Can you believe it’s been like 22, 24 years since your debut dropped? Does it even feel like it’s been that long?
Look, let me tell you something; it’s crazy, it does not feel like that sometimes that it’s been that long. It’s amazing to look at how long it’s been. I was just praying today, I tend to go on prayer walks. And so I was on a prayer walk today and was just thanking God today for the journey. It’s been an amazing journey. Twenty four years we’ve been making music. And that’s just a beautiful thing.
What do you remember most from that time? What’s one of your fondest memories?
One of my most fondest memories, we were doing a tour called Lollapoolooza. It’s a huge tour, 20,000 people come per show. And we had booked two shows on the same day but in two different states. So we had one show in Denver where we went on at three in the afternoon; 20,000 people in the crowd; it was an incredible hot summer day. Then as soon as we got off stage, we had private escorts, with police escorts taking us from the venue straight to the airport. We had a private jet waiting for us; we got on our private jet, we were having fun with the stewardess and the people flying our jet.
And then we got to my hometown, which is Milwaukee, Wisconsin. And we had police escorts take us from the airport straight to the biggest venues in Wisconsin; it’s called the Marcus Amphitheater. It’s where I grew up watching all of my legends perform and we were the headliner, sold out. There were people waiting outside hoping to get in. And we got there just in time to rock our second show that day. And it was a huge success. The crowd went wild; it was our hometown; all my friends and family were there. That’s like one of those memories that’s like truly rock star. Just you know, cloud nine.
So for everybody who didn’t know, you never stopped doing your thing. I actually saw some of the TED Talk you did last year?
Yeah, yeah last year, the middle of last year. And it was in Portland. I talked about our sacred serial number [numerology], and the whole talk was about our spirit. How we have inside of us our spirit and it doesn’t really matter what religion somebody chooses, the spirit is still inside of us. And it can guide us through some of he toughest times in our lives, if we are aware of it. So it’s a talk to uplift us about what we can become to overcome our limits.
That’s great. I love it. So you’ve been in the music business for over two decades now. And we’ve all seen that Unsung episode — which we’re not gonna go into — but you guys were young and there were a lot of trials and tribulations that you and the band went through in the 90’s. Now, you have the new lineup of Arrested Development, so what lessons have you learned over the years, what are you doing differently now to create a really solid group.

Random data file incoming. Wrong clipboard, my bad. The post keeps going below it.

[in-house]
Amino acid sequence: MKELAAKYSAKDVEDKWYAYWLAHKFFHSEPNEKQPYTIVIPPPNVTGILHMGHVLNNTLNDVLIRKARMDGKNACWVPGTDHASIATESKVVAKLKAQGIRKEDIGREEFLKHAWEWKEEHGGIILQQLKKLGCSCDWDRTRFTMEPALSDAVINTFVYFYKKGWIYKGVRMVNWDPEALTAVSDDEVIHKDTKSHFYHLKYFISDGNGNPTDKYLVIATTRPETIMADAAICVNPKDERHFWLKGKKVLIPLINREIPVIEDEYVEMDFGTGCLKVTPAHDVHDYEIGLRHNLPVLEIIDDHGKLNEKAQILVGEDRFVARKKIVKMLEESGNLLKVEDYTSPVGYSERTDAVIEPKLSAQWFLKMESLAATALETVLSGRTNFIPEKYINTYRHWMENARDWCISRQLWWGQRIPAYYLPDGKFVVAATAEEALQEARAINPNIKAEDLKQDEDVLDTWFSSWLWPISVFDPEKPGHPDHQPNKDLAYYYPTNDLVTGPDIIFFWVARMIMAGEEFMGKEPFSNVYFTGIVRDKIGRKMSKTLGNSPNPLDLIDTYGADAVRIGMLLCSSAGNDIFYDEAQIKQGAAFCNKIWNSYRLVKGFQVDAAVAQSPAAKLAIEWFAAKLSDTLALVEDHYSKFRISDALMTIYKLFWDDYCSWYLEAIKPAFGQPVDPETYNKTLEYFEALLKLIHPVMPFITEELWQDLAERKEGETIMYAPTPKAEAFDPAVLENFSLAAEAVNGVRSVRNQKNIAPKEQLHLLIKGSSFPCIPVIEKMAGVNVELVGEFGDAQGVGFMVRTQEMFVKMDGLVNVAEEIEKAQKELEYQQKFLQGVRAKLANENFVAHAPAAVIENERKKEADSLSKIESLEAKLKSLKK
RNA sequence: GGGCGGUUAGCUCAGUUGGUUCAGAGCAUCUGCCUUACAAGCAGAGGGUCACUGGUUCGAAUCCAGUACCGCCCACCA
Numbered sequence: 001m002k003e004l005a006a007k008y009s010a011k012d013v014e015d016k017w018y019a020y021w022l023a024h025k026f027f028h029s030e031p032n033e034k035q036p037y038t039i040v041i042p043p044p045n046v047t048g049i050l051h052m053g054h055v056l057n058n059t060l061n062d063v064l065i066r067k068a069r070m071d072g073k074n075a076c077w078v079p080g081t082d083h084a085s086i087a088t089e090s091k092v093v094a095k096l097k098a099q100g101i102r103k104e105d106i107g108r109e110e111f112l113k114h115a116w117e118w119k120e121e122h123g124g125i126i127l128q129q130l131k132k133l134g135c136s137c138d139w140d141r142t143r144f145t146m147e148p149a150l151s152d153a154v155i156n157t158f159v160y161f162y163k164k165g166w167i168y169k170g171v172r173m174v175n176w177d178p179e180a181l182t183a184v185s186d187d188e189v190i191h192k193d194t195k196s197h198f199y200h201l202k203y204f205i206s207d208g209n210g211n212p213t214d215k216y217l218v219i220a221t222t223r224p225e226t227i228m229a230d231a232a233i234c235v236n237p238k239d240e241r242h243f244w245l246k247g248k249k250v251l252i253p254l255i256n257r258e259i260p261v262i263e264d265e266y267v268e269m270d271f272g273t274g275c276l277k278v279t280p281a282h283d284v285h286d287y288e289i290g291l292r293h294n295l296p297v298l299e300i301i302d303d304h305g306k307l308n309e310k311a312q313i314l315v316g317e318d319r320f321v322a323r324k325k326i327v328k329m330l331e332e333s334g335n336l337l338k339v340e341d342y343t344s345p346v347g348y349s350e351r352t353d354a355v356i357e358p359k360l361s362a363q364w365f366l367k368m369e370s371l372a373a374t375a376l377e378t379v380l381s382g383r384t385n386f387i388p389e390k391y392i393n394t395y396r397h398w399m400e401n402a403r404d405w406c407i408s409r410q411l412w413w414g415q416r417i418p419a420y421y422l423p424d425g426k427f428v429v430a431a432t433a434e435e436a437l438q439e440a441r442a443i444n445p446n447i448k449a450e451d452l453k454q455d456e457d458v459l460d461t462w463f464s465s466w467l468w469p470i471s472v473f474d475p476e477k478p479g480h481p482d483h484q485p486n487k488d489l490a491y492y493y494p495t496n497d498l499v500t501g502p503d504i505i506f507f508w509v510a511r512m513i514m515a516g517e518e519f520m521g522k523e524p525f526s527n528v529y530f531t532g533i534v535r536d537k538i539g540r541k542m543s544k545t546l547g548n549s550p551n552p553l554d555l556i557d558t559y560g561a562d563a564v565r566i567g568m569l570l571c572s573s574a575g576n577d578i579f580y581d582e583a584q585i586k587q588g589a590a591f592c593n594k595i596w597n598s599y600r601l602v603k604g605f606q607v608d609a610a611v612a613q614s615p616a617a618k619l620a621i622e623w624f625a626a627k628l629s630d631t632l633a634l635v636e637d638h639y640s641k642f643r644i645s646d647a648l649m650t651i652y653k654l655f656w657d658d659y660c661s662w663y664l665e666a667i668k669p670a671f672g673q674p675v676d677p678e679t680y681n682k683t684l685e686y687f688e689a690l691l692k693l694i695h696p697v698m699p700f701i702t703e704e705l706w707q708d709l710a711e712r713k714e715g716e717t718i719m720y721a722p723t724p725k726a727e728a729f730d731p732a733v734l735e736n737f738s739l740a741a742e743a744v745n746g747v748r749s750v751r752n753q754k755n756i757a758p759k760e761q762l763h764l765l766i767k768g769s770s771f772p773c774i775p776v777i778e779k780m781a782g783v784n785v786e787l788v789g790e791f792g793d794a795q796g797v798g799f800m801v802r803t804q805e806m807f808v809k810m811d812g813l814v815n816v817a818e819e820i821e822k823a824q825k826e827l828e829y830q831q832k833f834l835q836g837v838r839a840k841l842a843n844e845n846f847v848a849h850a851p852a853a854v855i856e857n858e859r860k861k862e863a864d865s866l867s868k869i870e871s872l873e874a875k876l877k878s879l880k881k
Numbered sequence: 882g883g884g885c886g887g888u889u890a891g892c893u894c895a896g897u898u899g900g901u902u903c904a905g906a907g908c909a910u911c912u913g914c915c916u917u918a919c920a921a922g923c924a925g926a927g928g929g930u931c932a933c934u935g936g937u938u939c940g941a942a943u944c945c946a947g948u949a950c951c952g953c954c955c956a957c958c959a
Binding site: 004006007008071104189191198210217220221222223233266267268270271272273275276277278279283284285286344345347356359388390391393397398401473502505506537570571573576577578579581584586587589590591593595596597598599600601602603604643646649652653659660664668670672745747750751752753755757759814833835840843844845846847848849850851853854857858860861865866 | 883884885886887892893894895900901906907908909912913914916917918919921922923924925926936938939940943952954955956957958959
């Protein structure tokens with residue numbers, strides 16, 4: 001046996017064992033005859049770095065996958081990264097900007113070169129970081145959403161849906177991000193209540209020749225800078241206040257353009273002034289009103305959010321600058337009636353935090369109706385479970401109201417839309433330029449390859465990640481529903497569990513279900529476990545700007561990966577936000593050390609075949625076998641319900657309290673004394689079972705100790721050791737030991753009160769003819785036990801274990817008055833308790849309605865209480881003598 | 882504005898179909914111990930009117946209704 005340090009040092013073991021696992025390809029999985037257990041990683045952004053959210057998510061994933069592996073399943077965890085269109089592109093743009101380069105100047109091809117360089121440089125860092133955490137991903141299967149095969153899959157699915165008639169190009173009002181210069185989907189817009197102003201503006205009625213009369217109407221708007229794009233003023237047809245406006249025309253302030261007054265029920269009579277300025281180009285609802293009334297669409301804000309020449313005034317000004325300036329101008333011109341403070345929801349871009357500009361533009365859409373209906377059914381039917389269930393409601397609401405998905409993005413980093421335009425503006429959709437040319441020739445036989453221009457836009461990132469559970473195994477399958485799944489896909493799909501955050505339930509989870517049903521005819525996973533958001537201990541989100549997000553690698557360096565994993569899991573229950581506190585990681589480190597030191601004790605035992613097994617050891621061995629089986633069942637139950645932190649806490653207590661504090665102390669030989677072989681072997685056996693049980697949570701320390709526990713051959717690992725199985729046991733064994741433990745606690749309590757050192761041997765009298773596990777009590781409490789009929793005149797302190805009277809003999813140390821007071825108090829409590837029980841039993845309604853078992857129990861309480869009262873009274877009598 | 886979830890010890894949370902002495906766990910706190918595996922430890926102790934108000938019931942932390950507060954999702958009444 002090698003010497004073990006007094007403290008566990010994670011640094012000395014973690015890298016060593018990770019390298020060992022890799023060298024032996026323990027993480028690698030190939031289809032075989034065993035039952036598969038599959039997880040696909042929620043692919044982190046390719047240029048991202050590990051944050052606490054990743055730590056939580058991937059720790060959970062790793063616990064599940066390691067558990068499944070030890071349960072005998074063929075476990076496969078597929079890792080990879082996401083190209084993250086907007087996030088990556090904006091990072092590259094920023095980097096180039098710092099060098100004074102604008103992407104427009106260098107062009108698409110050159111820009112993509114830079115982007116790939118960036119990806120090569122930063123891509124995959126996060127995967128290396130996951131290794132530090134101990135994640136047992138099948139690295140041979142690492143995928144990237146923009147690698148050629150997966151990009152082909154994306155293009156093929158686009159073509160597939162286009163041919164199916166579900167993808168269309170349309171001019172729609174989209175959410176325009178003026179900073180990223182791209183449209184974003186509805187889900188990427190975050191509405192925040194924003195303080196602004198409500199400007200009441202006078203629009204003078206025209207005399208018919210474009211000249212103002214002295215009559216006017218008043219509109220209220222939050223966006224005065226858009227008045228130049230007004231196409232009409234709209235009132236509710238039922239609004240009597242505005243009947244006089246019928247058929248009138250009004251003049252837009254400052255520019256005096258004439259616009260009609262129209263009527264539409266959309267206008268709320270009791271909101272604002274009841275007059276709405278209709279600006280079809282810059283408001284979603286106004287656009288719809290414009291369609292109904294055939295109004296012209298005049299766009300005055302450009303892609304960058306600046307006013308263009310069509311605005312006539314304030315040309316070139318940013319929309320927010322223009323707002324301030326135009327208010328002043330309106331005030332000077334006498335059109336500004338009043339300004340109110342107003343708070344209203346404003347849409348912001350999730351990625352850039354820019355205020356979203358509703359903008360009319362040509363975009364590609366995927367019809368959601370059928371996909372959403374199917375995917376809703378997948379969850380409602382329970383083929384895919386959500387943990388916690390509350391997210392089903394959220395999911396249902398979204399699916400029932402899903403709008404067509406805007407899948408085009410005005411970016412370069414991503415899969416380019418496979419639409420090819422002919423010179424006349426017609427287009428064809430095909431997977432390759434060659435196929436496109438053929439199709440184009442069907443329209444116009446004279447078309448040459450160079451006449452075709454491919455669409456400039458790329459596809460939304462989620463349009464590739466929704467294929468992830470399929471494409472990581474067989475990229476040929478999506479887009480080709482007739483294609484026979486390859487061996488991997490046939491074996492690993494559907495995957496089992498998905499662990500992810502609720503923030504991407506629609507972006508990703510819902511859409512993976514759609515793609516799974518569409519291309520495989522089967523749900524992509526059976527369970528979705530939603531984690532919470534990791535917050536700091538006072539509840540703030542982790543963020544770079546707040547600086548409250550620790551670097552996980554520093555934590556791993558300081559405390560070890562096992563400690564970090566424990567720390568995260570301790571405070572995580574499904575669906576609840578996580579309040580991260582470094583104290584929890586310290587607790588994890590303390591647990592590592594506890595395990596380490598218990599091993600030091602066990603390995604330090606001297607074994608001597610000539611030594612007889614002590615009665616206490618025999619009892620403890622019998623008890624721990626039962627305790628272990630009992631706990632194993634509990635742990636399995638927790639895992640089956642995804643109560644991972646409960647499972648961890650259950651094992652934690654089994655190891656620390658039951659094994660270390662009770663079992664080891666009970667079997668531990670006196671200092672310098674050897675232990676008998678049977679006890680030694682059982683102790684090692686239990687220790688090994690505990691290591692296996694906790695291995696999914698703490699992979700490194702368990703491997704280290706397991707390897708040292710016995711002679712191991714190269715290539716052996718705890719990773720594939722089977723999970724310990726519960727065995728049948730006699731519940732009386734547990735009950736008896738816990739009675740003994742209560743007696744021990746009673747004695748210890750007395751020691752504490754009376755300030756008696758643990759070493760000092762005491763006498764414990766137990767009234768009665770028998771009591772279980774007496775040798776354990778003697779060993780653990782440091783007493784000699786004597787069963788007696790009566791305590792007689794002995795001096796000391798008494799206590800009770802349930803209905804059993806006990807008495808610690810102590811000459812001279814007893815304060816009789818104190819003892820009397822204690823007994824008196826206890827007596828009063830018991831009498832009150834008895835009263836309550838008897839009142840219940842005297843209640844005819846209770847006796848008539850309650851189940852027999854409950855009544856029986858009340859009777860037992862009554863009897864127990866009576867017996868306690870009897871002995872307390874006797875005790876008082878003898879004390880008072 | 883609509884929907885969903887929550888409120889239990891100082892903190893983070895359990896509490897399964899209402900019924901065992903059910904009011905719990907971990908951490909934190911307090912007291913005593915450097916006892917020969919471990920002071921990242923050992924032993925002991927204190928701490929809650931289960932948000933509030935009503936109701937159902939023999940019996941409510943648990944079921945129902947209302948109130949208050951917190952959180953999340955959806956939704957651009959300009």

Honestly I’ve learned so much that it’s hard to even say in one conversation. But everything that I’ve learned I’ve been putting into practice; whether it’s making sure that everybody knows how much they’re appreciated, making sure that I’m really aware of protecting the rest of the band members from the media, from industry insiders that are trying to sort of split us apart. Just making sure I’m trying to protect the group. Also making sure I’m living out what I believe in my heart is what’s good for everybody.
You know with the early 90’s situation, everything was so new. And I had a partner Headliner, we would disagree on how to pay people and I had to follow whatever we both agreed; I couldn’t just do things on my own. And so now I’m in a better situation where I have the ability to do what I really want to do. That allows me to be able to pay people in a way that is really encouraging and be generous. So it’s cool. I think we have a really great camaraderie right now and it’s been like that for awhile; cause this new lineup has been with me for probably around 10 years pretty much.
That being said, what do you want fans to take away from the new lineup of Arrested Development and the new project as well?
Well as far as the lineup, I think it’s very authentic. At the end of the day we don’t believe in trying to replace anybody. There’s members that are playing some of the same roles, but they are, by no stretch, trying to replace anybody. Also, anyone that has ever been in Arrested Development, they are like family to me; they will always be family. When I see them at a venue, more than likely they’re gonna get called on stage and have fun with it, it doesn’t matter who they are.
Even Headliner — who me and him have had, by far, the most beef in the past. To this day if he was in front of me and we were performing, I’d ask him to come up and do something; that’s just how I am. I feel like we’re all family. This is a new lineup but it’s still the same philosophy; we still have the same purpose.
And as far as this music is concerned, to me it’s very needed, very fresh. I would love for it to reach the masses in a big way so that we can become apart of a discussion for the things we’re bringing up, like in a song about self-determination like “U2” — the second to the last song on the album. Or “I Don’t See You At The Club,” which is basically about taking care of your business and not always going for the flash, but making sure that your foundational base is taken care of.
These things are not really talked about in today’s hip-hop landscape, so I feel like we have a role to play without it overtaking whatever’s there now but just being apart of it and therefore, changing the narrative. That’s what I’m hoping for, I’m hoping for the record to do really well and get out there as much as possible.